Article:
Two words come to mind when trying to describe Ivan Nova’s 2012 season: “frustrating” and “yikes.” The two terms are not mutually exclusive, as Nova failed to replicate the success he enjoyed in 2011. Much of that success and Nova’s ability to “just win,” belied many deep issues, and those emerged with a vengeance in 2012, ultimately costing him his spot in the rotation and postseason roster. With that said, let’s take a closer look at Nova:
While one should always look at peripherals when examining pitchers, even Nova’s superficial numbers in 2012 are pretty ugly. He sported an inflated ERA of 5.04 across only 170 IP, leading to a deceiving 12-8 record. With a WHIP of 1.468, Nova allowed 196 hits. Additionally, for all the consternation about Phil Hughes’ tendency to give up the long ball, Nova wasn’t much better, allowing 28 homers with a 1.5 HR/9 IP ratio, a pretty significant number for anyone, let alone a ground-ball pitcher. An unfortunate reoccurring trend from Nova was also his tendency to walk batters, giving up 56 walks this year coupled with 10.3 H/9 IP. More troubling, 87 of the hits surrendered went for extra-base hits (28 homers, 7 triples, 52 doubles). To put that in perspective, Nova allow the most extra-base hits, second-most doubles, and 12th most homers in all of Major League Baseball. By enjoying significant run support and “pitching out of trouble” in 2011, much of the ability of Nova to win masked many of his struggles that fully came to fruition in 2012.
Digging a bit deeper, Nova’s RAA rating took a staggering plunge in 2012; while his RAA was +15 in 2011, it crashed to a -9 rating; effectively, Nova was worth -9 runs in games. Considering the talent in the division that’s not exactly a recipe for success, particularly when coupled with the Yankees’ frustrating inability to hit for long periods of time. Meanwhile, Nova had just a .4 WAR and 11 RAR (as compared to 3.0 and 34 RAR the previous year). Not shockingly, and most importantly, the Yankees’ winning percentage was less than .500 when Nova was on the bump, clocking in at .494.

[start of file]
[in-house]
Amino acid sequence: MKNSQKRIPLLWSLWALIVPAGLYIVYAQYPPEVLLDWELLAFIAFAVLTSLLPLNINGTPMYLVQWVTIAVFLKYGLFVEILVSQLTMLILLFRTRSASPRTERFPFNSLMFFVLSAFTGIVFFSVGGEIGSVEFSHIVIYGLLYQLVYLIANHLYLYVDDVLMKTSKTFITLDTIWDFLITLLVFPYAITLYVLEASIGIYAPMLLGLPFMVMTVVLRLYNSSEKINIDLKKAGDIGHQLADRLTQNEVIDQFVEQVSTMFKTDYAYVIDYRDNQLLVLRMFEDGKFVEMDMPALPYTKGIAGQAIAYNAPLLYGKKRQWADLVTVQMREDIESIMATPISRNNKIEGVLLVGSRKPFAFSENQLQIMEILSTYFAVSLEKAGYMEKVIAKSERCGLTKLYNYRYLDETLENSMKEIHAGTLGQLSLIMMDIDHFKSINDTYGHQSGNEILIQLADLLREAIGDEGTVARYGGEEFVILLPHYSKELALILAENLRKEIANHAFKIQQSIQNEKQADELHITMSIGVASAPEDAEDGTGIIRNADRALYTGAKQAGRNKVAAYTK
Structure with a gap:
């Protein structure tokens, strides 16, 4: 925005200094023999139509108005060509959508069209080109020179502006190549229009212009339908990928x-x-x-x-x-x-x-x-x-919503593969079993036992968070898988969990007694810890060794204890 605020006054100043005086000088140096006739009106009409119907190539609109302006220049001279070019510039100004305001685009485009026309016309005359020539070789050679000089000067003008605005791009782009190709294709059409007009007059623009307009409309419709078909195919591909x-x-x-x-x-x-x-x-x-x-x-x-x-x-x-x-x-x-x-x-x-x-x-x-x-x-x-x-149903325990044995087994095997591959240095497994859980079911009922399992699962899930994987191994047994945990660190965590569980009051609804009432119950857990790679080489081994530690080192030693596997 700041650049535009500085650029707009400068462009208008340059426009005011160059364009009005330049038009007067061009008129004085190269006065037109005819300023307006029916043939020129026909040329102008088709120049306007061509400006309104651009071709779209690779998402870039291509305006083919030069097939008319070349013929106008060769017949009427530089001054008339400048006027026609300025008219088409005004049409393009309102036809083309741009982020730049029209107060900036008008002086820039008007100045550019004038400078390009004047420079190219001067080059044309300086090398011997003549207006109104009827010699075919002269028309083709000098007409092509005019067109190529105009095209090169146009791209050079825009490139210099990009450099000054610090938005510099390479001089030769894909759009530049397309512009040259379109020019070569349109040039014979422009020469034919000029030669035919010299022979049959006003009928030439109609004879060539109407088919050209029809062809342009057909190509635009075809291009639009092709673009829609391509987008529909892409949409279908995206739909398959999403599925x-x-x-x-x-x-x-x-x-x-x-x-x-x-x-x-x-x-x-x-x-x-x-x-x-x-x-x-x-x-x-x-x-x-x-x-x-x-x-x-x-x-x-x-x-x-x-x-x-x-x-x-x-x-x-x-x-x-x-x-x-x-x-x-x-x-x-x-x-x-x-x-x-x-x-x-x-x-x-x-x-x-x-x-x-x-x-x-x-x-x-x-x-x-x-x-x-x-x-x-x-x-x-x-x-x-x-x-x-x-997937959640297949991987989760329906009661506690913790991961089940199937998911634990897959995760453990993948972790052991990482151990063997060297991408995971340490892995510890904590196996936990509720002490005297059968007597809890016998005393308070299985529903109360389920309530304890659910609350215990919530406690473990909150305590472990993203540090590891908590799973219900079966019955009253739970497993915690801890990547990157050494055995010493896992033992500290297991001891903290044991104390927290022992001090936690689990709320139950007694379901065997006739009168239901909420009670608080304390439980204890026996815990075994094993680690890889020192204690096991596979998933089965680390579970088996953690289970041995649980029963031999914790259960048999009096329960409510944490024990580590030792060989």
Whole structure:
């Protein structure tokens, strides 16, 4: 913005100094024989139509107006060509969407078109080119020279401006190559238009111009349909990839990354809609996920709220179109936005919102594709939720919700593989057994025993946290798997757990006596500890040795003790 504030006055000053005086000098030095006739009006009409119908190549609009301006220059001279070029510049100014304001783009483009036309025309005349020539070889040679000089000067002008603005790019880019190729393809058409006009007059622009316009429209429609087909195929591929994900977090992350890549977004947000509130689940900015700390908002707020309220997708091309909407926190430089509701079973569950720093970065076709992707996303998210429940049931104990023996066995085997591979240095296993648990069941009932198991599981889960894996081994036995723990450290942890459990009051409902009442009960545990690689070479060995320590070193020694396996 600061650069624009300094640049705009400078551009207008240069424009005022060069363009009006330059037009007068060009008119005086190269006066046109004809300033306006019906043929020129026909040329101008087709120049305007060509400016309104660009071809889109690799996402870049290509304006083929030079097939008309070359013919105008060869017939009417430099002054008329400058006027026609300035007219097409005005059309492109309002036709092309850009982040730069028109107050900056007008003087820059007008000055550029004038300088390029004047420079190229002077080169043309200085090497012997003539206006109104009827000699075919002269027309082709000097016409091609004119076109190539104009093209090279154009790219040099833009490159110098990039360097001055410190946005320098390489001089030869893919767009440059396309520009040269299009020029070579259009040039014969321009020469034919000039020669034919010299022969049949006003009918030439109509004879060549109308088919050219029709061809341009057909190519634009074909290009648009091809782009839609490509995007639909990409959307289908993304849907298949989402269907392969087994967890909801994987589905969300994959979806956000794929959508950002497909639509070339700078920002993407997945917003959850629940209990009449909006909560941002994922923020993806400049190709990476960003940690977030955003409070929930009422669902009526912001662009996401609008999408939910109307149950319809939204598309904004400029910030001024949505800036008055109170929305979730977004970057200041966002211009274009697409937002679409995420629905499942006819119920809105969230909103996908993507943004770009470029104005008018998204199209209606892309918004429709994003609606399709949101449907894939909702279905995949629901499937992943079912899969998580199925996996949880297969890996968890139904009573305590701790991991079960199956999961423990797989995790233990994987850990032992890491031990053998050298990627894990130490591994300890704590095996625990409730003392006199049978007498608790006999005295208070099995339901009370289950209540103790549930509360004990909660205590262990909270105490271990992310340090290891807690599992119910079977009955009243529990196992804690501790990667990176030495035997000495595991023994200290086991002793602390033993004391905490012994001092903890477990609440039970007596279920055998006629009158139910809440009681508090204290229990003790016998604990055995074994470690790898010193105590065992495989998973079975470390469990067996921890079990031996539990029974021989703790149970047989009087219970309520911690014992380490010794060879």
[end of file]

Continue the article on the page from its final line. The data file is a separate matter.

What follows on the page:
Interestingly, not all of Nova’s numbers are ghastly. In 2011, Nova produced 5.3 K/9 IP, but in 2012, his K/9 IP spiked to 8.1. For a guy who has an above-average ground ball production, Nova’s success largely depending on his ability to strikeout batters. In all 12 wins, his average number of strikeouts was 4.81 with a 2.27 ERA; by comparison, in all eight losses, the average number of strikeouts was 2.67 with an 8.83 ERA. Similarly, in a no-decision situations across 176 ABs, it was 1.44, with a 5.19 ERA. (It’s fair to say that with such an inflated ERA in ND contests, they were probably more likely the result of failing to pitch five innings more so than leaving a game while the score was tied.) In at-bats where batters fell behind 0-2 or after two strikes, opponents hit .168 and .167 off Nova, respectively. The bottom line is that without location, Nova got hit hard. As with any pitcher, lack of location can lead to disappointing results. That said, the fact that Nova gave up a ton of extra base hits definitely led to his demise this season, from Spring Training right through losing his spot on the playoff roster (though June was a pretty solid month).
Given the high expectations after his success in 2011, 2012 was an abject disaster for Nova. Given the injuries to the starting rotation that could have proved devastating, and an offense that often looked absolutely inept, he failed to help the team in any tangible way other than consume innings. Now that Joe Girardi has announced that four rotation spots already claimed by CC Sabathia, Andy Pettitte, Hiroki Kuroda and Hughes, Nova’s 2012 has left him in a position to compete for a spot in Spring Training with David Phelps. Given Phelps’ impressive rookie campaign, if Nova has a spring remotely resembling this season (or last spring, for that matter), his spot on the 2013 team will be remain a question mark.
- Needs to focus on control of pitching
- Must be less generous with the extra-base hits
FINAL GRADE: C-/D+
Conclusion: Ivan Nova was an all-around mess in 2012. For the future of the team as they dramatically slash payroll to get to $189 million (though, you can absolutely win with this, it’s just about distribution of the money, which hurts the Yankees), and need cheap, good pitching, Nova needs to find himself again in 2013. He showed promise in 2011, but it remains to be seen whether that performance was by luck or ability. To compound the issue for him, his performance this year didn’t earn him cache with the team, but rather sets competition for a spot in the rotation already announced for 2013 and rumors of him being trade-bait as the Winter Meetings concluded in Nashville. As for 2012, fans of the team, and probably even Nova himself, are just glad it’s over.
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